A unique study of the white-throated sparrow has identified a biological pathway connecting variation in the birds' aggression and parenting behaviors in the wild to variation in their genome.
The Proceedings of the National Academy of Sciences (PNAS) is publishing the results of the experiments, conducted by the lab of neuroscientist Donna Maney in Emory University's Department of Psychology.
The research, which comprised behavioral observations of the study subjects in the field and laboratory analyses of their gene expression in the brain, showed that variation in the expression of the estrogen receptor alpha (ER-alpha) gene strongly predicts the birds' behavior.
"We believe this is the most comprehensive study yet of how the rearrangement of a chromosome affects social behavior in a vertebrate," says Brent Horton, a post-doctoral fellow in the Maney lab and lead author of the study. "So much of the process of genetic discovery is restricted behind closed doors in a laboratory. But our study began in the woods, where we first observed the social behaviors of the actual subjects of our experiments in their natural setting. The results provide valuable insight into the mechanistic basis of aggression and parenting in all vertebrates, including humans."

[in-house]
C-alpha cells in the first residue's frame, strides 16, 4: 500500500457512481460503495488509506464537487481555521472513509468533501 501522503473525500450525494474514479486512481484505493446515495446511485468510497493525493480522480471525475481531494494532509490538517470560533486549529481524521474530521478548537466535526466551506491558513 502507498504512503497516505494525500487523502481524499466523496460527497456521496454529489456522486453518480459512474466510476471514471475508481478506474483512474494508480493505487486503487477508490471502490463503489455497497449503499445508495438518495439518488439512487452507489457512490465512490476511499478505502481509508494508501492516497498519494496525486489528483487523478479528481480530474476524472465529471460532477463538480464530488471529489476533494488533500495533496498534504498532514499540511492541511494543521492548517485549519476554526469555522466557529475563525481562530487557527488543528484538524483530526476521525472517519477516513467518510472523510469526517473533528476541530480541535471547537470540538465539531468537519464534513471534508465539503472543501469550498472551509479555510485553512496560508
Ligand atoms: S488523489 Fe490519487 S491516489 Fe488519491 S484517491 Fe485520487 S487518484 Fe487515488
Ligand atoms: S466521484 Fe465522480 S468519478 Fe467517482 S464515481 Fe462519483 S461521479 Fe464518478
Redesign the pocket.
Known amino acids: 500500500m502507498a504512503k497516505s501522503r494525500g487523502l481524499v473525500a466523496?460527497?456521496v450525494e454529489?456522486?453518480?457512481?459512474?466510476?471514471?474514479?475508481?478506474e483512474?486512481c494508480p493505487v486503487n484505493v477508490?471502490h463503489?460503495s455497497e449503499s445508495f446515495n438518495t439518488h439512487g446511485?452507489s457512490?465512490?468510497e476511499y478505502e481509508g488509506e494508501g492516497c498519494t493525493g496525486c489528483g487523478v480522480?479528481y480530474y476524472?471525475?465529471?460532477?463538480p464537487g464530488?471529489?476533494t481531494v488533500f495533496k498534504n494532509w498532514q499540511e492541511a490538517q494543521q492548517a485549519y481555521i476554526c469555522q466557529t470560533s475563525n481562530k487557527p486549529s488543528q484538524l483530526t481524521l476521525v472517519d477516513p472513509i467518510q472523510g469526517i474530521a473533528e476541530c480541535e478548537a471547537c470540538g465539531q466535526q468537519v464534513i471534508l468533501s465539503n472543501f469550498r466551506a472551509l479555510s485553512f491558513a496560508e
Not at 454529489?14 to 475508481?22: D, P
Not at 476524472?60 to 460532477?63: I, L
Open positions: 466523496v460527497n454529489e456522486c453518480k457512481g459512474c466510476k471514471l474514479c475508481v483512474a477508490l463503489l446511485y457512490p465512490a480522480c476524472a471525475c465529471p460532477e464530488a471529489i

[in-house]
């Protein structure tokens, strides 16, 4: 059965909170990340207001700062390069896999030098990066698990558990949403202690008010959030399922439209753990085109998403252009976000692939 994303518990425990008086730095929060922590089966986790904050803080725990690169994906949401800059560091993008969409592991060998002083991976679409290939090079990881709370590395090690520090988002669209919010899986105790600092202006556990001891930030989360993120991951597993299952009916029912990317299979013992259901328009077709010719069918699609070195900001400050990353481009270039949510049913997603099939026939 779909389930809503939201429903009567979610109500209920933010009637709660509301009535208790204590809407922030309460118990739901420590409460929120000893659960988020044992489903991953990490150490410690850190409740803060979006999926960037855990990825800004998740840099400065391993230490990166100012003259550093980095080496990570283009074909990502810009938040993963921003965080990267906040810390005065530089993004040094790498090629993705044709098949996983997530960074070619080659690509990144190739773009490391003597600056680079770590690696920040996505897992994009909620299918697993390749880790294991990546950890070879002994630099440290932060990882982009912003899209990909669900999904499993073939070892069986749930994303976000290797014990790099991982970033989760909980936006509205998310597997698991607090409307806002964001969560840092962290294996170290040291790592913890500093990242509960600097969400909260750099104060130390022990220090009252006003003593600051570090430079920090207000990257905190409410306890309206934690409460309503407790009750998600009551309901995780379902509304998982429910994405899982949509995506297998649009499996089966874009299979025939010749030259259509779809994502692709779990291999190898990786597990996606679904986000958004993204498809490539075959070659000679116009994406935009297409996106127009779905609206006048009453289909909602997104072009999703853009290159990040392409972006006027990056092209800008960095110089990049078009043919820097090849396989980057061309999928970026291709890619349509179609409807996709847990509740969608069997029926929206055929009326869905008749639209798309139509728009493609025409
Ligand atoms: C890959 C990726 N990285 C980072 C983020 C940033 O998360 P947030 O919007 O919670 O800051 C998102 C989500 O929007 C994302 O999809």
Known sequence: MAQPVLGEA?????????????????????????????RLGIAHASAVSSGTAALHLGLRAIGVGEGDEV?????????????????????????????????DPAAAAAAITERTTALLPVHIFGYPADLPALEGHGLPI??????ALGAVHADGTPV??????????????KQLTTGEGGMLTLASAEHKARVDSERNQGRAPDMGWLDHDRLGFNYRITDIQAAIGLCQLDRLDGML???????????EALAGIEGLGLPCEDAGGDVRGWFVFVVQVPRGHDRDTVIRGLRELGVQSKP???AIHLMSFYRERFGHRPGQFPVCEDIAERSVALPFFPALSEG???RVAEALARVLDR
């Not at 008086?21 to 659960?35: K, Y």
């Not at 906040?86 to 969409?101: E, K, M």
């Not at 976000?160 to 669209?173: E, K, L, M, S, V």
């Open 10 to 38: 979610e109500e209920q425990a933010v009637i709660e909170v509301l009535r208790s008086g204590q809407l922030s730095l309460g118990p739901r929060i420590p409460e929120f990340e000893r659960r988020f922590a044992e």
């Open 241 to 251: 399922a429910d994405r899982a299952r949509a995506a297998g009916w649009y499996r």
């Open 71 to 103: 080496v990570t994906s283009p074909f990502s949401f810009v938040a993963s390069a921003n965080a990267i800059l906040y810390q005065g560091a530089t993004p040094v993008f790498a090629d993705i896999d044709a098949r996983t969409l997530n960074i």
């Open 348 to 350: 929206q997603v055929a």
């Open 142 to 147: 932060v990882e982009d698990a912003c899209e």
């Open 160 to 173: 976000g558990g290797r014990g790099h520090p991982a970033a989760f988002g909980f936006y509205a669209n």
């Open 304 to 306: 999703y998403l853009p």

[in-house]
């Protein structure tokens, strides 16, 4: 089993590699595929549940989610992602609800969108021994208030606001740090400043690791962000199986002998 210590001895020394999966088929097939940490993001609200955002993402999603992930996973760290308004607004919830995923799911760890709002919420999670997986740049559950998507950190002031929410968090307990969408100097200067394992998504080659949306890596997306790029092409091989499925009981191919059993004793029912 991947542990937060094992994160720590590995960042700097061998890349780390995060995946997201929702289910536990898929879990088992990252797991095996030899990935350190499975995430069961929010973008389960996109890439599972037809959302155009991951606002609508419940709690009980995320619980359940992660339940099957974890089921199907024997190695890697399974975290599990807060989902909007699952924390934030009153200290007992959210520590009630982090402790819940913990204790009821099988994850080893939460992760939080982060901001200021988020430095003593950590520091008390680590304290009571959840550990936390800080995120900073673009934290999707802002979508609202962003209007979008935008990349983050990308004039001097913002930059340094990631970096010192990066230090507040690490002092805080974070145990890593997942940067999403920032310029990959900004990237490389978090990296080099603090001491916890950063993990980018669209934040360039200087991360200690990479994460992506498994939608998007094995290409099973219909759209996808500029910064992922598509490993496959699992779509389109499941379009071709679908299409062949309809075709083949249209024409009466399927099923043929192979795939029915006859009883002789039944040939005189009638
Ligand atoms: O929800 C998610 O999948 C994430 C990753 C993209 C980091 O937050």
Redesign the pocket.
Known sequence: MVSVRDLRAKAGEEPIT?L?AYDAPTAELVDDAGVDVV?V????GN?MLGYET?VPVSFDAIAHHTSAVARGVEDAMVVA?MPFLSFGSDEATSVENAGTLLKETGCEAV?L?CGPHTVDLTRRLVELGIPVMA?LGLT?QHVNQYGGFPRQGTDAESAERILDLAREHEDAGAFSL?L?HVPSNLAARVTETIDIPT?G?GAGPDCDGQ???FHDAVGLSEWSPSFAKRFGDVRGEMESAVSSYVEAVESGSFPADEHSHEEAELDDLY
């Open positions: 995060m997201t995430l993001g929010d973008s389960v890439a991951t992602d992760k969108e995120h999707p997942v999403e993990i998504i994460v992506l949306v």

Such integrated studies "are exceedingly rare," Horton adds, "because they require such a variety of resources, expertise and well-balanced collaboration."
In addition to Horton and Maney, the principal investigators included Eric Ortlund, a biochemist and an expert in the ER-alpha gene at the Emory School of Medicine; and James Thomas, a human geneticist who was formerly with Emory and now works at the National Institutes of Health. Co-authors include William Hudson, a graduate fellow in Ortland's lab; Wendy Zinzow-Kramer, a post-doc in the Maney lab; Sandra Shirk, a research associate; and Emily Young, an undergraduate student of biology at Georgia Tech.